Province limits post-secondary funding

Alberta’s post-secondary institutions have been warned the days of six per cent increases in provincial funding are over.

Alberta’s post-secondary institutions have been warned the days of six per cent increases in provincial funding are over.

For the past five years, post secondaries have received about a six per cent operating budget increase, including for 2009-10. But now Alberta Advanced Education and Technology projects a freeze on funding for 2010-11 and 2011-12.

Rachel Bouska, department spokesperson, said it’s just tough times and everyone is having to cut back, including post secondary schools.

“We don’t know how long this recession is going to last. We don’t know when things are going to turn around. There’s just no time line so we roll with it and do the best we can with what we have,” Bouska said on Monday.

“We have faith in our post-secondary institutions that they will take the correct measures in order to balance their budgets and always keep access and affordability to students in mind.”

Ron Woodward, president of Red Deer College, said the possibility of a freeze does not come as a shock.

“I was getting people ready that we might get zero for the current year. We were very, very pleased the government chose to give us six per cent this year,” Woodward said.

Six per cent added between $2.5 and $3 million in revenue to the college’s $85 million budget.

Institutions learned last week that zero per cent is a possibility so the college is still developing a plan to cut costs.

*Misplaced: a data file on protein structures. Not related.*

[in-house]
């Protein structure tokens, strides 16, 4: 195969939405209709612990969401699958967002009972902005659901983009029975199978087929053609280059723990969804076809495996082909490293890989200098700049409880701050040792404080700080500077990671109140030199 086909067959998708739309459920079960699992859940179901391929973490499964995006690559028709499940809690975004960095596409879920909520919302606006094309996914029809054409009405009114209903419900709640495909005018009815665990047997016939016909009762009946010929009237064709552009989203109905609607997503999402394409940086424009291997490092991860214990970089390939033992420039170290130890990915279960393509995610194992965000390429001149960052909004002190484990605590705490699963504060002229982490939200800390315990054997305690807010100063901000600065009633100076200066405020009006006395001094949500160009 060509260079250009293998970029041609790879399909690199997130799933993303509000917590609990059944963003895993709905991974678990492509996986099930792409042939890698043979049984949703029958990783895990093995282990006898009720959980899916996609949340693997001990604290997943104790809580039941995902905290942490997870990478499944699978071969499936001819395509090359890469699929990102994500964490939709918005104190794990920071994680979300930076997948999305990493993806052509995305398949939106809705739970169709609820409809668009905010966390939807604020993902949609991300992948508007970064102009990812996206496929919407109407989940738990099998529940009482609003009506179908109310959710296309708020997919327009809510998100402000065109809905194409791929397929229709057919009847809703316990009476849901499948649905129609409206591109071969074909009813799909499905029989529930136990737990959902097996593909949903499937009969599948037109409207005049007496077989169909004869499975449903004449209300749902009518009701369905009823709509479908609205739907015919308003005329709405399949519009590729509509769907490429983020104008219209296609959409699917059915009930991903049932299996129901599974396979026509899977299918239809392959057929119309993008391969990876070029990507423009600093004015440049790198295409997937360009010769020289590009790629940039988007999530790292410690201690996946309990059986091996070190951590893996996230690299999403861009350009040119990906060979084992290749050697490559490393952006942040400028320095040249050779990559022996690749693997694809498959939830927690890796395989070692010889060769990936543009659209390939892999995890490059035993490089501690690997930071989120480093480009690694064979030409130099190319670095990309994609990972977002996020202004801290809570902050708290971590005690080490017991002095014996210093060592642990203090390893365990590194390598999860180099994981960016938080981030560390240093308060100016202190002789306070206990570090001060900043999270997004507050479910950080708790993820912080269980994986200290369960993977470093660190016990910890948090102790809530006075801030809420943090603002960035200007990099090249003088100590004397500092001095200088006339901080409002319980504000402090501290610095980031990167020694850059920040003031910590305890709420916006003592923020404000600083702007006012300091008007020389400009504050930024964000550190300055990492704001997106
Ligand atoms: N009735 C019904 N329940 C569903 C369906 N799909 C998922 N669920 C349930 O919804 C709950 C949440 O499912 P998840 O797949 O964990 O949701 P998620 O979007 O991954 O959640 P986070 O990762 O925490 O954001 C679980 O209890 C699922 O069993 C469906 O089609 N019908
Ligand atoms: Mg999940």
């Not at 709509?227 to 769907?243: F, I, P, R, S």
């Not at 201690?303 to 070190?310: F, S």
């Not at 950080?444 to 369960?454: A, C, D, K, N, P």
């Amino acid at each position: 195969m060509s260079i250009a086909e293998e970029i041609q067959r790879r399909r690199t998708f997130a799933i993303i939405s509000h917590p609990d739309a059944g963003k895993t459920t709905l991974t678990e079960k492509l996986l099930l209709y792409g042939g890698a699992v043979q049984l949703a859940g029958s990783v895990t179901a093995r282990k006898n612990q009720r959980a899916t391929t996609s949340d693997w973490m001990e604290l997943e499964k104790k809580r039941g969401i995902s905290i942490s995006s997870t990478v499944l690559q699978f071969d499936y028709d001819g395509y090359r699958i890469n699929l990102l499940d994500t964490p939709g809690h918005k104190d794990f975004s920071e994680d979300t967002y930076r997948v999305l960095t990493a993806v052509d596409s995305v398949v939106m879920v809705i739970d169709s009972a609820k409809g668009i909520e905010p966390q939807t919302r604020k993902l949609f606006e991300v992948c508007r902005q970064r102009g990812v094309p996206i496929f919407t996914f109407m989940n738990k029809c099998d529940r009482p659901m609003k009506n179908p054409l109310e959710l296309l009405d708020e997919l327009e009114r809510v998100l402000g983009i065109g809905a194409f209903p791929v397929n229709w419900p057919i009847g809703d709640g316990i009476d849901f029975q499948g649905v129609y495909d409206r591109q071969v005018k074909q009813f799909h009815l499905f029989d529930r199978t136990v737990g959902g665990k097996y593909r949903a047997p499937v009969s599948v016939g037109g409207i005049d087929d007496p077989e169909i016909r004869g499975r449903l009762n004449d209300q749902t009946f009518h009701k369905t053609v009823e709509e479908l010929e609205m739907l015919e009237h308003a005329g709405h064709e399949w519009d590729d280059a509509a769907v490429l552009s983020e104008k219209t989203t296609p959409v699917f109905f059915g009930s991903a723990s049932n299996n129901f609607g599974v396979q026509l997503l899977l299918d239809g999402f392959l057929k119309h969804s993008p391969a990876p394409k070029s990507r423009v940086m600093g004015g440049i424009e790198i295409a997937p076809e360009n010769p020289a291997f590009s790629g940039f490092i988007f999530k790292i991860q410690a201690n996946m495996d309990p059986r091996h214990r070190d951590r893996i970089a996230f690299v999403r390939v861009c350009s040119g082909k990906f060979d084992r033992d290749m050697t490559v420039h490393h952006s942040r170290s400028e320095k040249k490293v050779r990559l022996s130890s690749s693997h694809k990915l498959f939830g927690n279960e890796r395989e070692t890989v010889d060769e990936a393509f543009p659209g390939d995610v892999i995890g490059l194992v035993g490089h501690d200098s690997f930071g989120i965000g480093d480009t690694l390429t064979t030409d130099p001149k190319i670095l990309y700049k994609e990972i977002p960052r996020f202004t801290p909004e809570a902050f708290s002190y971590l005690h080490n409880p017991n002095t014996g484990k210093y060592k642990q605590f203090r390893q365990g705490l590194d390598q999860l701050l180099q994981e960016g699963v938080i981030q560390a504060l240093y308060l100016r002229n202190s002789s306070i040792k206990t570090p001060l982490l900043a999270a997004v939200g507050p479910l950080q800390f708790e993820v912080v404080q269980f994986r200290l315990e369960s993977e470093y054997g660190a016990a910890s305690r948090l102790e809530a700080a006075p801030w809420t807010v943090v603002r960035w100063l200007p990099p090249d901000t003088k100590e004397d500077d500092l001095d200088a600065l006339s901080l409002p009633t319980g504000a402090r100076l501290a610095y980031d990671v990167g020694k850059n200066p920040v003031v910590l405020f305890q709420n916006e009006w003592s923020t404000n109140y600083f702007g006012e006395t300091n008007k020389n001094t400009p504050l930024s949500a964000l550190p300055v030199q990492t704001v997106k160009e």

Revenue from student services like residence, the book store, or continuing education fees is only about $1 million so increasing fees won’t help much. Likely, costs could be cut by not expanding programs or introduced new programs, he said.

“At this point we do not see having a strategy of eliminating jobs or reducing staff to deal with the zero per cent increase. I can’t guarantee that won’t happen, but that’s not part of our thinking at the moment.”

The challenge will be in meeting the needs of students with enrolment expected to increase, Woodward said.

“More students can be both good and bad for us from a financial perspective. In many areas we can’t put any more into a classroom or in a lab and so we have to set up a whole new class and that costs us.

“But we’re also absolutely committed to doing our very best to serve every student who wants to come to the college.”

Jordan Cleland, vice-president of advancement at Olds College, said the college tightened its belt last year and eliminated about 20 positions after government advised it was looking at a three per cent increase for 2010-11.

About nine people lost their jobs, and the rest of the cuts were done by not filling vacancies.

More adjustments will still be needed to meet a zero per cent increase, possibly by putting the college’s plans to provide more programming in smaller communities “on the backburner” and not expanding beyond Red Deer and Mountainview counties for now, he said.

“Alberta post-secondary institutions weathered 20 per cent real cuts back in the mid 90s and this isn’t on that level, but it is the most austere environment we’ve been in a decade,” Cleland said.

Olds College has a $42 million operating budget and gets 57 per cent of its funding from the province and 15 per cent from tuition and fees.

A provincial cap on tuition fees prevents tuition increases higher than the Alberta Consumer Price Index.

“Investing in education is one of the smartest thing government can do. Even though times are tough, it’s important that we continue to educate people because educated people is what the future is all about,” Woodward said.

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